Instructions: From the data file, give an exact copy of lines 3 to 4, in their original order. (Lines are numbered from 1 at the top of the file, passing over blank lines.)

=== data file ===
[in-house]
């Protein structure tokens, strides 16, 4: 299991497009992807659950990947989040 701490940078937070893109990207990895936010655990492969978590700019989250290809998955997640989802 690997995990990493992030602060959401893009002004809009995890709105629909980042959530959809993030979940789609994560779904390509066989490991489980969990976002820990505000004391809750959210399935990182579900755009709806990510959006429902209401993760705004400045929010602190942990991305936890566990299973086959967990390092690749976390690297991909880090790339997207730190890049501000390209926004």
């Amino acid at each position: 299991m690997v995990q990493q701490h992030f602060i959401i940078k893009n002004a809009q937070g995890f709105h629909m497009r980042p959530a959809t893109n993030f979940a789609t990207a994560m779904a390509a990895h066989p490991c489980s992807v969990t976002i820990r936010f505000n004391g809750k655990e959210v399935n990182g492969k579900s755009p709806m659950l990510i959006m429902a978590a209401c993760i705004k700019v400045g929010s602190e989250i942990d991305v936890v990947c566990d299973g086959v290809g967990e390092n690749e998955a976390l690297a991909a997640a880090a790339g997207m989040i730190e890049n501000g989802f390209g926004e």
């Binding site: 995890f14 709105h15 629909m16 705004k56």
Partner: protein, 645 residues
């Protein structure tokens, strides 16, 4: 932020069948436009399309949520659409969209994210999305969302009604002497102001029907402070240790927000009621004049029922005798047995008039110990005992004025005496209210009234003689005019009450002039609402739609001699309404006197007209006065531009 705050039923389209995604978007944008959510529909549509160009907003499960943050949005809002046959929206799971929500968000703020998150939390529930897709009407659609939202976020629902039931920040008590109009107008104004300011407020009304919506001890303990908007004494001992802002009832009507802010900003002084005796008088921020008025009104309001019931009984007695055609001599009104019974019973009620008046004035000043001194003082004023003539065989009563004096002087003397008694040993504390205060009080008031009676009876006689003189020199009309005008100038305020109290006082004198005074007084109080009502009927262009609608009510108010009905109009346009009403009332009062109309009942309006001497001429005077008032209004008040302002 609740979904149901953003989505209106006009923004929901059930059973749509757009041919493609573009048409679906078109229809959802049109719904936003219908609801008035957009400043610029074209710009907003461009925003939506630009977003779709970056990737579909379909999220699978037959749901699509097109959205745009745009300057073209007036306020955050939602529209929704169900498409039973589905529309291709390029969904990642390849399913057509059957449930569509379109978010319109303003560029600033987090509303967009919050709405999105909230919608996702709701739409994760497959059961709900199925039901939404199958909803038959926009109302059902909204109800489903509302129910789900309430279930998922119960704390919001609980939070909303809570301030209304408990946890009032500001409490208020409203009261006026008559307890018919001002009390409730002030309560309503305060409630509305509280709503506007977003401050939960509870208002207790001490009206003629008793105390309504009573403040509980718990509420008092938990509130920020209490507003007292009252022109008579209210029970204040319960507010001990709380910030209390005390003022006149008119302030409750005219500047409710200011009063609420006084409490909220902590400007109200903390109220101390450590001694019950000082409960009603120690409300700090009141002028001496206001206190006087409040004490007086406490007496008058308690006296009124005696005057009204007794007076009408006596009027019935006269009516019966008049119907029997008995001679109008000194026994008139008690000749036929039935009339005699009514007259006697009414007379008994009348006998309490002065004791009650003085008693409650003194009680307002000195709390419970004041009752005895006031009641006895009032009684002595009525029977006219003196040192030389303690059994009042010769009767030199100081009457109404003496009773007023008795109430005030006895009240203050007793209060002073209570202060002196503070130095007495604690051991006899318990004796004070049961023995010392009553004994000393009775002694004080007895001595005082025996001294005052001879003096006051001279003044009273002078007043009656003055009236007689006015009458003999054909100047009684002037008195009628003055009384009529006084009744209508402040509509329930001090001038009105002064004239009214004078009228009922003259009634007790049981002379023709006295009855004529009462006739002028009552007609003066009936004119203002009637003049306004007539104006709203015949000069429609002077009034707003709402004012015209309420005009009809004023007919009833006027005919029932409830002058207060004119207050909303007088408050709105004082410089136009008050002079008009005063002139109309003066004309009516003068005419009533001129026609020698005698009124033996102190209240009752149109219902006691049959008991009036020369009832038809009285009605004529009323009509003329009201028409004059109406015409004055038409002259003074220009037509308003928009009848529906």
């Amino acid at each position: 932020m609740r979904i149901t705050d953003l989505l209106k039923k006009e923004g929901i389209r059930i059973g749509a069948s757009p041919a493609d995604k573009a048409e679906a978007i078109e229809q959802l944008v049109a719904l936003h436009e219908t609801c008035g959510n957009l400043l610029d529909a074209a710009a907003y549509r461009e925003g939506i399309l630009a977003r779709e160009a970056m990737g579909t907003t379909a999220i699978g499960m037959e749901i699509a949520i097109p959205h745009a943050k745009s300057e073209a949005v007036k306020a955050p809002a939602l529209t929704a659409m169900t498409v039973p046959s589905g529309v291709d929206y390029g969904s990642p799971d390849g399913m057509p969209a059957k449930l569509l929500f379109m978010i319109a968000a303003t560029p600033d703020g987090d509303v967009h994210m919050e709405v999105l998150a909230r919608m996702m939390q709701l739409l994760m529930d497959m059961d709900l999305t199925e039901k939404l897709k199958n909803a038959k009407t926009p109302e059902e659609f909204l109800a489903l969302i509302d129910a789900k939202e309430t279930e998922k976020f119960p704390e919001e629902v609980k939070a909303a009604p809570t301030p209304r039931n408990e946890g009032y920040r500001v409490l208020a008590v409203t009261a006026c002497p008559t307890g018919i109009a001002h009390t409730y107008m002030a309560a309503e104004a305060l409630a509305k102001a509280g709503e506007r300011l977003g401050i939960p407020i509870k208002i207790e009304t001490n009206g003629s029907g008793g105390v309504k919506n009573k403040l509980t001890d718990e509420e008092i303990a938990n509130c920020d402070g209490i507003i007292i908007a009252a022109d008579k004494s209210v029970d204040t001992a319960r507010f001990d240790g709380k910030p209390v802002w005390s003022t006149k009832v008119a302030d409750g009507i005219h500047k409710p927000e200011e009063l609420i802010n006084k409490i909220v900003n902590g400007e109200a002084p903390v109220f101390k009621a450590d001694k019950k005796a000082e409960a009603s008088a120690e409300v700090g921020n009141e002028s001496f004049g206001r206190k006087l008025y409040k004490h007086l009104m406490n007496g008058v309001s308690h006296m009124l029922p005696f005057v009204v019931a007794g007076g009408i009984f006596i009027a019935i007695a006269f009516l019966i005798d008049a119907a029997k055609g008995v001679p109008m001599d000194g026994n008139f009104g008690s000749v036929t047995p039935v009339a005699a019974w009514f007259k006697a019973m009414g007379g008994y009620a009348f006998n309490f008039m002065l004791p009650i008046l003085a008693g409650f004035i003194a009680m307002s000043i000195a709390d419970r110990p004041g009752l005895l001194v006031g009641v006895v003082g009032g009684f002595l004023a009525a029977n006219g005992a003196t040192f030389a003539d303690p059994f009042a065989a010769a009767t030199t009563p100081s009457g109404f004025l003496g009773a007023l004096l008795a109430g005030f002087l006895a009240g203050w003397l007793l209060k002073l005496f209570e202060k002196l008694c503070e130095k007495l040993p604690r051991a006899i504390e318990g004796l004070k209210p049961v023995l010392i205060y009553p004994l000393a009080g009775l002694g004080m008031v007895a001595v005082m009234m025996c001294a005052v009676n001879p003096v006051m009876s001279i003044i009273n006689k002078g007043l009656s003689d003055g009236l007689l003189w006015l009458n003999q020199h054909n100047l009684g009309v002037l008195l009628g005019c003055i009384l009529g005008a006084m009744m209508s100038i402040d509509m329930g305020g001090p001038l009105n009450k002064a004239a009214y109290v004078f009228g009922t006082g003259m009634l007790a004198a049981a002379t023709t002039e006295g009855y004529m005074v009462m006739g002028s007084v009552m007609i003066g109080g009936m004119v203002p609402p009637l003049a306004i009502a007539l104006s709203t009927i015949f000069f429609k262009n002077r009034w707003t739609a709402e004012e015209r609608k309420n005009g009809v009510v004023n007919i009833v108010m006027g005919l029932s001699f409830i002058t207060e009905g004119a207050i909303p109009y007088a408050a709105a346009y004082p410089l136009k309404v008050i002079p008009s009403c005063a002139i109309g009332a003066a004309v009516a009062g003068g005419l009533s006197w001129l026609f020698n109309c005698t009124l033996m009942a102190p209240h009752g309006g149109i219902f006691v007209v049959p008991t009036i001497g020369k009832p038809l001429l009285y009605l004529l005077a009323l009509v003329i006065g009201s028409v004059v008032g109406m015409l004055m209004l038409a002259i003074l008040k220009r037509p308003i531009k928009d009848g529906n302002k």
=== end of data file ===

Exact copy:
């Amino acid at each position: 299991m690997v995990q990493q701490h992030f602060i959401i940078k893009n002004a809009q937070g995890f709105h629909m497009r980042p959530a959809t893109n993030f979940a789609t990207a994560m779904a390509a990895h066989p490991c489980s992807v969990t976002i820990r936010f505000n004391g809750k655990e959210v399935n990182g492969k579900s755009p709806m659950l990510i959006m429902a978590a209401c993760i705004k700019v400045g929010s602190e989250i942990d991305v936890v990947c566990d299973g086959v290809g967990e390092n690749e998955a976390l690297a991909a997640a880090a790339g997207m989040i730190e890049n501000g989802f390209g926004e």
């Binding site: 995890f14 709105h15 629909m16 705004k56």